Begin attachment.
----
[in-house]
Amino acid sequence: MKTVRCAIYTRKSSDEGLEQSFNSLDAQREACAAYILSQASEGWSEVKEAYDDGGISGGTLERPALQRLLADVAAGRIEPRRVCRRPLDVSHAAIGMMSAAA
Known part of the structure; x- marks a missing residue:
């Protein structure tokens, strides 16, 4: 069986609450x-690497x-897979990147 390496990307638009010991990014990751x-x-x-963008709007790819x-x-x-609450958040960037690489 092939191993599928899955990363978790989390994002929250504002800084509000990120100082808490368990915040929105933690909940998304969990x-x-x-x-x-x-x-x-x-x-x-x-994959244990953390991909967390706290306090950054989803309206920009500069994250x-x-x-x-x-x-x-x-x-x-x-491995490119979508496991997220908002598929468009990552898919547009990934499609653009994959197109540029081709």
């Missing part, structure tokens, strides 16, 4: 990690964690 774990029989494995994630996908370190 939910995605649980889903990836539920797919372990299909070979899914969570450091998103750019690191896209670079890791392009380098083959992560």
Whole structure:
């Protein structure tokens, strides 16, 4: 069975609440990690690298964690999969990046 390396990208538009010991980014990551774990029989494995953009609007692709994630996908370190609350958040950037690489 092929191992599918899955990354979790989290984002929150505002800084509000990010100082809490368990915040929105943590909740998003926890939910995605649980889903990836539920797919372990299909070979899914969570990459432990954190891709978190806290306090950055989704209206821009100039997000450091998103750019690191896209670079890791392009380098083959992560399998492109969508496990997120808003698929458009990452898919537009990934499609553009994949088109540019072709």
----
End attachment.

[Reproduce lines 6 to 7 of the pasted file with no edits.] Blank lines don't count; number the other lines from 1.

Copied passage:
Whole structure:
């Protein structure tokens, strides 16, 4: 069975609440990690690298964690999969990046 390396990208538009010991980014990551774990029989494995953009609007692709994630996908370190609350958040950037690489 092929191992599918899955990354979790989290984002929150505002800084509000990010100082809490368990915040929105943590909740998003926890939910995605649980889903990836539920797919372990299909070979899914969570990459432990954190891709978190806290306090950055989704209206821009100039997000450091998103750019690191896209670079890791392009380098083959992560399998492109969508496990997120808003698929458009990452898919537009990934499609553009994949088109540019072709």